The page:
ALEC HOGG: DiData did the same. They bought small chunks in companies, then they grew that, then they bought a bit more, and then they took them out. They ran at 30 per year for many years but at some point in time… You can’t do that indefinitely. The world is not made that way. On the other hand, is it, in the case of EOH?
IRNEST KAPLAN: I don’t think so. My caution on EOH generally, (and I am a small shareholder) is that I don’t think the next few years are going to be anywhere as easy as the last few. The one argument says they’re bigger and stronger, so it’s easier for them now to attract new potential targets and move into new markets. On the other hand, as we all know, as a company approaches R10bn in revenue, it becomes more difficult to add on another 30 percent every year. Even if the growth subsides and slows down to a reasonable rate – as long as it’s something above ten percent, I guess – it’s still done incredibly well. I don’t think they’ll do as well during the next few years, though.
GUGULETHU MFUPHI: Well, if you contrast EOH’s sterling performance with that of Gijima, which clearly needs a lot of assistance from all angles, something just needs to change there.
IRNEST KAPLAN: Yes. Gijima is a company, which I’ve followed for a number of years and the recent news is that the rights offer that the Chairman of Guma and the Chairman of Gijima, Robert Gumede, has actually taken up most of the shares.
ALEC HOGG: Again. Remember, he put R75m in at 75 cents or R80m into 75 cents and it was a negative 10-bagger last year.
IRNEST KAPLAN: Yes. He’s actually wanted to raise another R100m and I’m not sure of the exact figures, but it wasn’t subscribed very well from the other shareholders. His Guma Group will rocket in their shareholding from the 40’s or somewhere thereabouts, potentially north of 75. I think it gives him an outright majority in that company and it says two things to me. 1) It says that he is very persistent about trying to get things right and 2) he’s determined to get it right, so much so that he’ll put his own money into it.
ALEC HOGG: But he did. At the beginning of last year, he put in R75m and he didn’t get it right. It went to one-tenth of the share price. Now what tells you that he’s able to do things differently this time?
IRNEST KAPLAN: Nothing really Alec, but if I look at the results, they were improved since that last rights offer so they’re not great but things are slowly becoming less ‘worse’ or slightly better. I think the team that he’s putting in place is starting to have an effect. Whether or not this R100m is enough to see them through whatever turnaround they want to do is another question but it’s clear that Robert Gumede is determined to get it right.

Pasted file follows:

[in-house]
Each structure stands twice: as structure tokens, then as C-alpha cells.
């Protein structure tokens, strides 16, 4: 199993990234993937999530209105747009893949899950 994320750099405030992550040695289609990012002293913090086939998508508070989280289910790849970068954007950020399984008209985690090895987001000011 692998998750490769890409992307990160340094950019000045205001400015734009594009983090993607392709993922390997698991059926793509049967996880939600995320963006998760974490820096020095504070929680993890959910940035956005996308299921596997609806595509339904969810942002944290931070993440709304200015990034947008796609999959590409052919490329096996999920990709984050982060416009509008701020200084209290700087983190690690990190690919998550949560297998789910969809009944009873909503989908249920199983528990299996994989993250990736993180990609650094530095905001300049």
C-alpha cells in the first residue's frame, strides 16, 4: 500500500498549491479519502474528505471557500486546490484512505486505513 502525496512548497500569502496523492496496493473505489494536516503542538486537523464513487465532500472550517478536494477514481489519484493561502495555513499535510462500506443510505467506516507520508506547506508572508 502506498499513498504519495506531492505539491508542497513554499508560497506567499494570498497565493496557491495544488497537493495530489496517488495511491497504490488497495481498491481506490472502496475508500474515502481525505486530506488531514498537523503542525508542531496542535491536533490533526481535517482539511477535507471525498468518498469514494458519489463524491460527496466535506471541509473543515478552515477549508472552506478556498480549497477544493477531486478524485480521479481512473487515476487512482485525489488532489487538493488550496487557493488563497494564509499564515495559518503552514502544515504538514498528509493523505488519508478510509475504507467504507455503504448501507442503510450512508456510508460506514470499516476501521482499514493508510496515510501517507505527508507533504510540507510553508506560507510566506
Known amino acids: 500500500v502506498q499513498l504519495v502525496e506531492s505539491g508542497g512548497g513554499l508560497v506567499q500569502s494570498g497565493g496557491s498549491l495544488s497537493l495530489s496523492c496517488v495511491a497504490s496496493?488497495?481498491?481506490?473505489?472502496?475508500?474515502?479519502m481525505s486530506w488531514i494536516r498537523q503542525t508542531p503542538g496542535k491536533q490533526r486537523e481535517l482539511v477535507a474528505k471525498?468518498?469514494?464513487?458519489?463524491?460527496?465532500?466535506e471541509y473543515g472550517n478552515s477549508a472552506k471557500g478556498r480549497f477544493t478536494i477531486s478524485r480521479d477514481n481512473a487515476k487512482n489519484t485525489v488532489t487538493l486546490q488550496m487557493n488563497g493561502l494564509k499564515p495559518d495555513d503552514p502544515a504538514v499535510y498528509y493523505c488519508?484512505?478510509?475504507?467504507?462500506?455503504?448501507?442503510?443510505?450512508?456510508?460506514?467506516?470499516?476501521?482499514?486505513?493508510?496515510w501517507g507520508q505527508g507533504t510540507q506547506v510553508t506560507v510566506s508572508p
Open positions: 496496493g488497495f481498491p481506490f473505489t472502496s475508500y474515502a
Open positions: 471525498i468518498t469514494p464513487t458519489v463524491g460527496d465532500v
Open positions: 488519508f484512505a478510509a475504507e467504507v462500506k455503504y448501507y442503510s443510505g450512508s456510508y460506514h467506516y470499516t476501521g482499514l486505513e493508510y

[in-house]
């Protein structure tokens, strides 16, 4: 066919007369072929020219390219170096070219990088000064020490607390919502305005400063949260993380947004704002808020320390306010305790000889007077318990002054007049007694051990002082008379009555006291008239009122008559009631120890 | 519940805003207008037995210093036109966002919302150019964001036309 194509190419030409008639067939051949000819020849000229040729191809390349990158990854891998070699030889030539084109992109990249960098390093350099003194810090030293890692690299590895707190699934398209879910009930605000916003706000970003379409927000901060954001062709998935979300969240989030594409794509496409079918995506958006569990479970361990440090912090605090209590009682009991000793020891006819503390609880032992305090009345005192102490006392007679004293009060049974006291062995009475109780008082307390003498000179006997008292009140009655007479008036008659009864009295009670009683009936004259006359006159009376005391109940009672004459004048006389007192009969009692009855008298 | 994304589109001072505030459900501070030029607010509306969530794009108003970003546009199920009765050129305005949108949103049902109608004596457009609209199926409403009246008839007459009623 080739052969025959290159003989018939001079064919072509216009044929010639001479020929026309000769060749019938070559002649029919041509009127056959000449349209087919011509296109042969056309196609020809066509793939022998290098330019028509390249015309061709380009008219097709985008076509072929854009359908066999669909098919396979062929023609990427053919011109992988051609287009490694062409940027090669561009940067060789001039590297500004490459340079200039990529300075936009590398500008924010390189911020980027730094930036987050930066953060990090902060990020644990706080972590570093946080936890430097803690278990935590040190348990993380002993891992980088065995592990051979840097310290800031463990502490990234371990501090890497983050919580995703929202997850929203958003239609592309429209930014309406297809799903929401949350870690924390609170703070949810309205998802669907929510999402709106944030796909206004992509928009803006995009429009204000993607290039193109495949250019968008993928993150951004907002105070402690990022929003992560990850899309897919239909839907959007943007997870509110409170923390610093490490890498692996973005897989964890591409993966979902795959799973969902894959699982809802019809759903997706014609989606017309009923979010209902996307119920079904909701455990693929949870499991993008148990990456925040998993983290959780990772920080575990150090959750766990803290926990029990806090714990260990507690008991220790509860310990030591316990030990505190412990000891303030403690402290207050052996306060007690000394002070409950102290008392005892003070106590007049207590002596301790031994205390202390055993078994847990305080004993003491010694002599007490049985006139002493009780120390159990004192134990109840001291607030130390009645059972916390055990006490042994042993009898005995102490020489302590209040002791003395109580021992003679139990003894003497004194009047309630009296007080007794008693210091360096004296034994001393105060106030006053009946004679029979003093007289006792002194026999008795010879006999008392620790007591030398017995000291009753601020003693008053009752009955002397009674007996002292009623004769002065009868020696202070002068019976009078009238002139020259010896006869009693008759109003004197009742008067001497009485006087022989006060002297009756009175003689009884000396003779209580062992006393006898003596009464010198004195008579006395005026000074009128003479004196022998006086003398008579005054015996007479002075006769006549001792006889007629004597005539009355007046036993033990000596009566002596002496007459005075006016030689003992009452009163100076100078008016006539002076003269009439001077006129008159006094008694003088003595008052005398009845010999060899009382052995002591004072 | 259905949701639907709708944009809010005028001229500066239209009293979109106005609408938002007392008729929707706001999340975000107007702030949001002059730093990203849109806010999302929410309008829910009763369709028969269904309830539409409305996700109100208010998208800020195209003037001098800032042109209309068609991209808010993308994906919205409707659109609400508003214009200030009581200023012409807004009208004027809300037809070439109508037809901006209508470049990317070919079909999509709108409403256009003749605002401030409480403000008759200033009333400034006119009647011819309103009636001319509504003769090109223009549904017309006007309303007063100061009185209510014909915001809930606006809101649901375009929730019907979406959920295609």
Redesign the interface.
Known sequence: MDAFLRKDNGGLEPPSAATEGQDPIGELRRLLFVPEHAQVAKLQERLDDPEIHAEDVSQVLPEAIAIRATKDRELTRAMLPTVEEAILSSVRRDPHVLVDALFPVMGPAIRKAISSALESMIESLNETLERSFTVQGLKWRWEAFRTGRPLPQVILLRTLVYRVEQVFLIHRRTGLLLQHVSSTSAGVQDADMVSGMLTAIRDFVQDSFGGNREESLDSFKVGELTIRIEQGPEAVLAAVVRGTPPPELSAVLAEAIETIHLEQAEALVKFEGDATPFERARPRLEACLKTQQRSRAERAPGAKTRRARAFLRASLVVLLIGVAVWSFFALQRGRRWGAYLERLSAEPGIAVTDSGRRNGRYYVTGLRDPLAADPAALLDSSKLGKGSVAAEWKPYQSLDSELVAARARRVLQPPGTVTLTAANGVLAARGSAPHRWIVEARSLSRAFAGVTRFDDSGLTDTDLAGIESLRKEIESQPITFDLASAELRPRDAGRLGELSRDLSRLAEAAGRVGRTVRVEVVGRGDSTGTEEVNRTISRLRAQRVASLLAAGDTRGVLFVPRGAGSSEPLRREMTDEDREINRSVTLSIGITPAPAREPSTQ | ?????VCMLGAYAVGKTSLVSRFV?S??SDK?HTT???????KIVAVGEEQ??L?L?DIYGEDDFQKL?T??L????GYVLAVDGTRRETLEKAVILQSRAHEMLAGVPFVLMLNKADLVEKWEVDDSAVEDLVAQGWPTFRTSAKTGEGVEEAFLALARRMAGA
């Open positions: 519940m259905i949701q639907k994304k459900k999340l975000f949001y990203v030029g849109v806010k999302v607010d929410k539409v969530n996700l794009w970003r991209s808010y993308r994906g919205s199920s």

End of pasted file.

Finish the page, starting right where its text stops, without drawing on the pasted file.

ALEC HOGG: Two years ago, R13.00 per share. Today – eight cents. Ay caramba. You really are taking a bet. Take the three of them together, EOH you’re saying ‘a bit of a concern. They’ve quadrupled in the last three years. For them to carry on from here is not going to be that easy, but it’s a good company. Pinnacle halved in price in the last year and Gijima…well, I don’t know what the percentage is but it’s fractional from where they were three years ago. You seem to like Gijima.
IRNEST KAPLAN: I’m not implying that I would invest in Gijima right now because I do think the risks are too high. I just think that as an outsider, I’m not a shareholder. As an outsider, I would just applaud Mr. Gumede for what he’s trying to do and hope that for the sake of the people and some of the projects that he’s doing (because they’re doing some seriously big projects for corporate South Africa)…I’m just hopeful that something good can come of it. It’s not easy to call and I certainly don’t think anyone should be rushing out to buy shares in that company, right now.
ALEC HOGG: R84m market capitalisation and it does a turnover of R1.5bn so if anybody can just get a slight improvement in the margins (and perhaps Robert’s the one who can do it), well, good luck to him. I guess he has big cojones and sometimes, that needs to be rewarded.
IRNEST KAPLAN: Sure, I agree with that.
ALEC HOGG: But you’d be going with Pinnacle.
IRNEST KAPLAN: Oh yes, I’d be sticking with Pinnacle and being a little bit cautious on EOH, watching for a potential slow-down. I’m just worried Alec, on EOH for the purposes of your show, is that the rating is quite high. If they were to slow down to a respectable 15 percent growth at some point, which is very possible. I’m not quite sure what would happen to that PE rating.
ALEC HOGG: I have two words for you: Dimension Data. That was Irnest Kaplan, the Managing Director of Kaplan Equity Analysts. He says ‘Dimension Data has nothing to do with EOH’. History repeats itself.
Cyril Ramaphosa: The Audio Biography
Listen to the story of Cyril Ramaphosa's rise to presidential power, narrated by our very own Alec Hogg.